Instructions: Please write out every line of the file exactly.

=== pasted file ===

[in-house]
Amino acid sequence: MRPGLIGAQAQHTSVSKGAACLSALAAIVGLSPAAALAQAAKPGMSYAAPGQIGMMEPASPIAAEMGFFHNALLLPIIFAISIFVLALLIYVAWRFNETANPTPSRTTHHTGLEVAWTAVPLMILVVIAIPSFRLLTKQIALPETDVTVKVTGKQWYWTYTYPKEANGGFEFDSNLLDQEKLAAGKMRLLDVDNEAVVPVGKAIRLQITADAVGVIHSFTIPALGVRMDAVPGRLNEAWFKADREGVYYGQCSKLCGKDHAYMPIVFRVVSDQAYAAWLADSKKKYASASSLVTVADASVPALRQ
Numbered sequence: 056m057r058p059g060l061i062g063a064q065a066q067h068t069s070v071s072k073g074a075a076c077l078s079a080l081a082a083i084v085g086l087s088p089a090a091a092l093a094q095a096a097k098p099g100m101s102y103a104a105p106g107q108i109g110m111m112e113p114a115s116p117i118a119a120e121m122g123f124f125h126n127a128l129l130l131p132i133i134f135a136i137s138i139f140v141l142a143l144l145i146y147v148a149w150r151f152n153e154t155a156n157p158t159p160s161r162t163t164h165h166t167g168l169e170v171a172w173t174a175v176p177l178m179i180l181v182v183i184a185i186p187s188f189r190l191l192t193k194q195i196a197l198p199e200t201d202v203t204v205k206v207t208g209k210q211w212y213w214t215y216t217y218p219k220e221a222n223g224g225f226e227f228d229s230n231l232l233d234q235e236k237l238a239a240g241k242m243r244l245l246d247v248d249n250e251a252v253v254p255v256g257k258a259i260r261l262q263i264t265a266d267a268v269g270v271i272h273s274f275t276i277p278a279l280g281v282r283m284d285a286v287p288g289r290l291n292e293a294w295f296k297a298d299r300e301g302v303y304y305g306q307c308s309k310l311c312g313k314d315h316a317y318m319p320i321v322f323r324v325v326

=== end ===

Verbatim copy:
[in-house]
Amino acid sequence: MRPGLIGAQAQHTSVSKGAACLSALAAIVGLSPAAALAQAAKPGMSYAAPGQIGMMEPASPIAAEMGFFHNALLLPIIFAISIFVLALLIYVAWRFNETANPTPSRTTHHTGLEVAWTAVPLMILVVIAIPSFRLLTKQIALPETDVTVKVTGKQWYWTYTYPKEANGGFEFDSNLLDQEKLAAGKMRLLDVDNEAVVPVGKAIRLQITADAVGVIHSFTIPALGVRMDAVPGRLNEAWFKADREGVYYGQCSKLCGKDHAYMPIVFRVVSDQAYAAWLADSKKKYASASSLVTVADASVPALRQ
Numbered sequence: 056m057r058p059g060l061i062g063a064q065a066q067h068t069s070v071s072k073g074a075a076c077l078s079a080l081a082a083i084v085g086l087s088p089a090a091a092l093a094q095a096a097k098p099g100m101s102y103a104a105p106g107q108i109g110m111m112e113p114a115s116p117i118a119a120e121m122g123f124f125h126n127a128l129l130l131p132i133i134f135a136i137s138i139f140v141l142a143l144l145i146y147v148a149w150r151f152n153e154t155a156n157p158t159p160s161r162t163t164h165h166t167g168l169e170v171a172w173t174a175v176p177l178m179i180l181v182v183i184a185i186p187s188f189r190l191l192t193k194q195i196a197l198p199e200t201d202v203t204v205k206v207t208g209k210q211w212y213w214t215y216t217y218p219k220e221a222n223g224g225f226e227f228d229s230n231l232l233d234q235e236k237l238a239a240g241k242m243r244l245l246d247v248d249n250e251a252v253v254p255v256g257k258a259i260r261l262q263i264t265a266d267a268v269g270v271i272h273s274f275t276i277p278a279l280g281v282r283m284d285a286v287p288g289r290l291n292e293a294w295f296k297a298d299r300e301g302v303y304y305g306q307c308s309k310l311c312g313k314d315h316a317y318m319p320i321v322f323r324v325v326